Procrastination brings on stress

Ever been tired of being tired? Many students around campus are wearing themselves out. Students stress because they procrastinate, and procrastinate because of stressful workloads.

Lanell Howell, 19, a psychology student from New Smyrna Beach, said although it has been stressful, she can’t seem to get out of the procrastination cycle.

“I’m a procrastinator. That’s me. I need to stop, but when I get a chance to get on top of things, I have another test coming up,” Howell said. “And when I have free time, I’m tired.”

It is a cycle that is doing more than causing poor grades and sleepy eyes, according to Donna Gillette, owner and director of the Stress and Pain Management Center of North Florida.

Stress is caused when an excessive amount of adrenaline is dispersed throughout the body to handle a stressful or challenging situation, according to Gillette. When too much adrenaline is stored in the body, it’s like storing a poison that causes a number of health problems, including heart attacks.

“Stress kills,” Gillette said.

Gillette defined stress as the body and mind’s reactions to a stressor.

“We have two gears,” Gillette said. “We have the everyday, ordinary gear, and we have an emergency gear that elicits a fight or flight response.”

According to the University of Florida Counseling Center, stress has a number of symptoms. These include physical symptoms such as high blood pressure, muscular tension, headaches, colds or other illnesses; as well as emotional symptoms such as feeling overwhelmed and cognitive symptoms such as forgetfulness.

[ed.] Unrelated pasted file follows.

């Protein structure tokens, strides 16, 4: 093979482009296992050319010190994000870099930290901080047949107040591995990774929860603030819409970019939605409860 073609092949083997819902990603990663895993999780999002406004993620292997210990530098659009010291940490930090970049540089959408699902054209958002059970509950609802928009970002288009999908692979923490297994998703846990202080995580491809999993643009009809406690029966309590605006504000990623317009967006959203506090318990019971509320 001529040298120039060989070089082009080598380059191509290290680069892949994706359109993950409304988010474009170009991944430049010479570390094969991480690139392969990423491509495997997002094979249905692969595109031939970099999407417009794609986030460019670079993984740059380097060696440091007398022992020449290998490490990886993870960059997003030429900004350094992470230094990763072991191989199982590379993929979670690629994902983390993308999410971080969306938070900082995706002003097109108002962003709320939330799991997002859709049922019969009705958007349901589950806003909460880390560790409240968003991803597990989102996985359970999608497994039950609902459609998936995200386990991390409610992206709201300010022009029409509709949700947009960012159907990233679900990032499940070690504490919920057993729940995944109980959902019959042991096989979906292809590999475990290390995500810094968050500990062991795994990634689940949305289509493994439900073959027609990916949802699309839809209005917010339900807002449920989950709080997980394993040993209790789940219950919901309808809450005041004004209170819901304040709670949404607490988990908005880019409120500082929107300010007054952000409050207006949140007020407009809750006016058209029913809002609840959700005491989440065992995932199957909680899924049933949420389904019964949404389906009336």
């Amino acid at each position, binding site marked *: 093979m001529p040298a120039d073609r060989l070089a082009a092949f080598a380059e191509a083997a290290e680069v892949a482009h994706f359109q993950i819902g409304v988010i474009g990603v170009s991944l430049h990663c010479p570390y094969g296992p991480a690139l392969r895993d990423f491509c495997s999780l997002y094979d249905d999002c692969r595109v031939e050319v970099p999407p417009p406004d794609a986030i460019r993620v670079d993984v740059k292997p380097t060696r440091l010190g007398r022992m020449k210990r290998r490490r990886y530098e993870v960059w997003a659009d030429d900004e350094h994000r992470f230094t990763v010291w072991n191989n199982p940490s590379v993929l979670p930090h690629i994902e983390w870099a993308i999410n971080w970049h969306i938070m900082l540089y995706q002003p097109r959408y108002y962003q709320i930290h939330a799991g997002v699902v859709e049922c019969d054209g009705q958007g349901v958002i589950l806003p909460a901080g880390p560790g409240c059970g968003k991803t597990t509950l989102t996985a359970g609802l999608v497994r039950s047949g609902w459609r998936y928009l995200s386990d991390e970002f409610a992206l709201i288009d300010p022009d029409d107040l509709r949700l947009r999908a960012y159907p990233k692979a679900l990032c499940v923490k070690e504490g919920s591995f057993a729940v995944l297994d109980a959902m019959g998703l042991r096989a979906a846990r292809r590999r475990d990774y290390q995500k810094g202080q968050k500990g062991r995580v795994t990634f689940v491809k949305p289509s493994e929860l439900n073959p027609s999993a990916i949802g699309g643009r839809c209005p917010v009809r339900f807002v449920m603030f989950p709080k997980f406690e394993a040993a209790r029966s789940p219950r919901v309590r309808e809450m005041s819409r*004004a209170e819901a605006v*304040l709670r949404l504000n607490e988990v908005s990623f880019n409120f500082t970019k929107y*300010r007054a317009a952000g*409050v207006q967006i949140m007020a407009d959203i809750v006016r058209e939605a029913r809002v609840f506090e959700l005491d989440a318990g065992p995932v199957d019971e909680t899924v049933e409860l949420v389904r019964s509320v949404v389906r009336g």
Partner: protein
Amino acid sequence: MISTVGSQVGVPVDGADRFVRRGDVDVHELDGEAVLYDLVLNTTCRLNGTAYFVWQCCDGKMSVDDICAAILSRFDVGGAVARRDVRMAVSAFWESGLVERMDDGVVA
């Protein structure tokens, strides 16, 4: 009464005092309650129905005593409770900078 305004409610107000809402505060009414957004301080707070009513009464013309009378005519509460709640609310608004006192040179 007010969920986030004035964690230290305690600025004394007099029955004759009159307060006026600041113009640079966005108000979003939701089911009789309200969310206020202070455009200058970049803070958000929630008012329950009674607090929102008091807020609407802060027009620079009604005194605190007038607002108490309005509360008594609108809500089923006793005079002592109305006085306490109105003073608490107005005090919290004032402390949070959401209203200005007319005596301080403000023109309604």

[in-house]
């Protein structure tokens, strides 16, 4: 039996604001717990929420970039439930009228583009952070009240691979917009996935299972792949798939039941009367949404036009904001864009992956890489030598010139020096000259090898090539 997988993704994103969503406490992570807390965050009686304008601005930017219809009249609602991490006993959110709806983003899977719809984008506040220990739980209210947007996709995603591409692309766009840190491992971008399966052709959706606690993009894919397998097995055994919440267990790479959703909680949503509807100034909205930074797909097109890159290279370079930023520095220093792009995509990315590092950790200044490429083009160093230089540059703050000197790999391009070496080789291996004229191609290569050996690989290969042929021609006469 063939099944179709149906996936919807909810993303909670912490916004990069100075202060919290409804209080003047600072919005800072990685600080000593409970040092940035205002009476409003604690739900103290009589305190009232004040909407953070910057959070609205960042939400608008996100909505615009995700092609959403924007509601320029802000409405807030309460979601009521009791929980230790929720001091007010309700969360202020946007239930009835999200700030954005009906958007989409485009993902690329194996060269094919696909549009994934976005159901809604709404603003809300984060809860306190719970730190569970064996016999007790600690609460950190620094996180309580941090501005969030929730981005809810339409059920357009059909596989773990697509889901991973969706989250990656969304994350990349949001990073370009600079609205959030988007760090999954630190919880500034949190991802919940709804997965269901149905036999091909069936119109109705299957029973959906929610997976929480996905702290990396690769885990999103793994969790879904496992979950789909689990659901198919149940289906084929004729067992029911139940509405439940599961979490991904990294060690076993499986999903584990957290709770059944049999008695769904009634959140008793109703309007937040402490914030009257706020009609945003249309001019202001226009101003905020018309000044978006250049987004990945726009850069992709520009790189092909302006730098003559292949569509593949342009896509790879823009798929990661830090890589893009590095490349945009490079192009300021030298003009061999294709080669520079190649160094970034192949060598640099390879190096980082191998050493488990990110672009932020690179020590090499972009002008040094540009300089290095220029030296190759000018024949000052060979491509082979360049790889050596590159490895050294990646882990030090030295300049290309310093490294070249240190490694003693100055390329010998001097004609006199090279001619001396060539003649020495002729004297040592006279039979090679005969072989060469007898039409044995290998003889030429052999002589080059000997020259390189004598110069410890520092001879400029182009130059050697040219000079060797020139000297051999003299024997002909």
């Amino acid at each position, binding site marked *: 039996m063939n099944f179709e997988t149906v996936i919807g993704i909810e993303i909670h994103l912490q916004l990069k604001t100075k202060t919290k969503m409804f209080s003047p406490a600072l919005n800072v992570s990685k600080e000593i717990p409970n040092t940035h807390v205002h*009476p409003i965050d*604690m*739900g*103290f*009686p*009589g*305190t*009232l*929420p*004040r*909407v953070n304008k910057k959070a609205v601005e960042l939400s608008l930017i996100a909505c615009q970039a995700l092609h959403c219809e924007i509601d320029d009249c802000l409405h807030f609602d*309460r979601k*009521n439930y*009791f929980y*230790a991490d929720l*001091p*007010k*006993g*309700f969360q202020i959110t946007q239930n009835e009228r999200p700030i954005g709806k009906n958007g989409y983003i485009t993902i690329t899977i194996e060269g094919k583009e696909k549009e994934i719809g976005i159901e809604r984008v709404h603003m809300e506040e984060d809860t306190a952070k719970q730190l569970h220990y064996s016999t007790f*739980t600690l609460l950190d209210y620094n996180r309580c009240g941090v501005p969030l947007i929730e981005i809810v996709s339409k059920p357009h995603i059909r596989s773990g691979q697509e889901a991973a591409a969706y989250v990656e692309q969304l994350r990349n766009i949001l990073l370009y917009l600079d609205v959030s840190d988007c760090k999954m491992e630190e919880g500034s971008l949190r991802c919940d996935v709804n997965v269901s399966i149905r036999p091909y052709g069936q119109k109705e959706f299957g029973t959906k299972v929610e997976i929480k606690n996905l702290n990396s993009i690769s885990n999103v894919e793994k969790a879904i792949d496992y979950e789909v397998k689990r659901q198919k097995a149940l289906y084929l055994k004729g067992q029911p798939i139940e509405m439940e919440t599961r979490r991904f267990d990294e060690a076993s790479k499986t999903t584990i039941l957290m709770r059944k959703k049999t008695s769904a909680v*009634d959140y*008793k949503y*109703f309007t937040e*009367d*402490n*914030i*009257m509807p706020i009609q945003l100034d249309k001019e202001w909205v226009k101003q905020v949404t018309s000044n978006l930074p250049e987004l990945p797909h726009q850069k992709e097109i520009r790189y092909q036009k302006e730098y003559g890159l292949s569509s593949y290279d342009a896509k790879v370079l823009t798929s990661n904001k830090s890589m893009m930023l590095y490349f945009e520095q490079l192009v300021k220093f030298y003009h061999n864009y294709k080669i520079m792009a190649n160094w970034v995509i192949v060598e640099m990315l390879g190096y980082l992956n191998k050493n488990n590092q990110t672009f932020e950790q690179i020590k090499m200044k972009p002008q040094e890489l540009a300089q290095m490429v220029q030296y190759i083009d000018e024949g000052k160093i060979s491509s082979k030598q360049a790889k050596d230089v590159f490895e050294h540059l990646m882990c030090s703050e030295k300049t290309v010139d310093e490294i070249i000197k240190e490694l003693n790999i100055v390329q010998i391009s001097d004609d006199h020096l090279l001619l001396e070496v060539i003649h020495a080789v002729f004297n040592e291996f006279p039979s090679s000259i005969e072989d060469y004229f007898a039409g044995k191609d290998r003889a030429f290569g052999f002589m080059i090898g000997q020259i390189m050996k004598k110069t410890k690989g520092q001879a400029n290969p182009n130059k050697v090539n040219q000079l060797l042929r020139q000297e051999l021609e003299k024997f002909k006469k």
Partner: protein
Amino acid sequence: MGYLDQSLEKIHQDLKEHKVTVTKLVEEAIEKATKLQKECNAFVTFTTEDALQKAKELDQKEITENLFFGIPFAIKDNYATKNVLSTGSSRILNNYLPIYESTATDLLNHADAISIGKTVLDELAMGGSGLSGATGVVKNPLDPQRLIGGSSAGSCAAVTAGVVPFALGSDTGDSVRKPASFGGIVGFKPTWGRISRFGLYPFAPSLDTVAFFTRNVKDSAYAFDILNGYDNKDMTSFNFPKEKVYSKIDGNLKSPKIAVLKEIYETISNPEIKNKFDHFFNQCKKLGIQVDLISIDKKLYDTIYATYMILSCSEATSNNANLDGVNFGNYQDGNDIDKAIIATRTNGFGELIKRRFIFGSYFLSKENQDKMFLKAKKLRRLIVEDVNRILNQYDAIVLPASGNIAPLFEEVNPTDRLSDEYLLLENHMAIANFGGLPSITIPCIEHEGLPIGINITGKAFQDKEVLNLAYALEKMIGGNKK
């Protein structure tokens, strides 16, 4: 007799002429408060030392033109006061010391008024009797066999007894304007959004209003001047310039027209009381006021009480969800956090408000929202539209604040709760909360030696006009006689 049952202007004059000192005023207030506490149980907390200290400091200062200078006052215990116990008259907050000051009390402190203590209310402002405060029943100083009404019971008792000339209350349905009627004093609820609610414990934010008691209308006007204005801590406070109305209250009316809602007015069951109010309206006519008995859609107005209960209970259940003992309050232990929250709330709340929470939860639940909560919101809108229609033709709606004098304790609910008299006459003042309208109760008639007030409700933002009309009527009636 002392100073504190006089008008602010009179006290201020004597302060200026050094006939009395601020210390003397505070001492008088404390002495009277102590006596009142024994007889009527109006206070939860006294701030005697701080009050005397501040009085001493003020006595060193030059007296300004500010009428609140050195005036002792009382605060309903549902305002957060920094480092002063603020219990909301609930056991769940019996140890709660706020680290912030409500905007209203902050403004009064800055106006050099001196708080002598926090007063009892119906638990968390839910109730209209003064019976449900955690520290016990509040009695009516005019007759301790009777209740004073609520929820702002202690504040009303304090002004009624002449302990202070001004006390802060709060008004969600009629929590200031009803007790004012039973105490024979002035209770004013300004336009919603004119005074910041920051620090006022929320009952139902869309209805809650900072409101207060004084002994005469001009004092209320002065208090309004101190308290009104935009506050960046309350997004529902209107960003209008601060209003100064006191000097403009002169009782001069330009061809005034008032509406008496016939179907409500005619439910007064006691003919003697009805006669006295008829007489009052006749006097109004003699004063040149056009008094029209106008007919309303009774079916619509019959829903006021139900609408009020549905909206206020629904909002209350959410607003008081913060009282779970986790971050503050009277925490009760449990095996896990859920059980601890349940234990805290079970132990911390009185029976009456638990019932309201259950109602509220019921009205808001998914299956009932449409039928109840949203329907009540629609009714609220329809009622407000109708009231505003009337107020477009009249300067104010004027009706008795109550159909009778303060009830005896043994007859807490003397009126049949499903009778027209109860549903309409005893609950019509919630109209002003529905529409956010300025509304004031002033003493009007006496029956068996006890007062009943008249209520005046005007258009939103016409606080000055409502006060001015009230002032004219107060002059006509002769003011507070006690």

Howell, a full-time student and part-time movie theatre employee, has found herself in stressful situations.

“I remember one time I had a cold, a fever, everything. I was sick, but I had four exams to take, so I went to class and took them. I had to,” Howell said.

This is why Gillette and other psychologists recommend exercising as a way to burn excessive adrenaline and relieve stress.

Another way is to stop procrastinating, said Larry Kubiak, director of psychology at the Tallahassee Memorial Health Center.

“There are those perpetual adrenaline junkies that tend to enjoy doing things at the last minute,” Kubiak said. “Most of us tend to get out of whack when we do that, so you should avoid it if possible.”

For students like Howell who find themselves stressed and defeated in trying to stay ahead of their studies, the UF Counseling Center suggests becoming more organized and using time management skills.

“I know I have to change,” Howell said. “In high school I didn’t have to study. Now, it’s different.”

Getting rid of bad habits doesn’t come easily for most.

“None of us change until we have to change,” Kubiak said. “Not until what you’re doing doesn’t work.”

Doctors say that two major preventors of stress are eating right and getting the proper amount of sleep.

“If you’re doing junk in, junk out, don’t be surprised if you don’t do your best work,” Kubiak said.

Gillette also suggested undergoing professional stress management to relieve stress.

“There’s a way to train your mind and body to integrate,” Gillette said. “Then, you’ll have a pocketful of techniques to keep yourself calm, nip it in the bud and shake off stress. You’ll be able to stay calm even though you want to freak out.”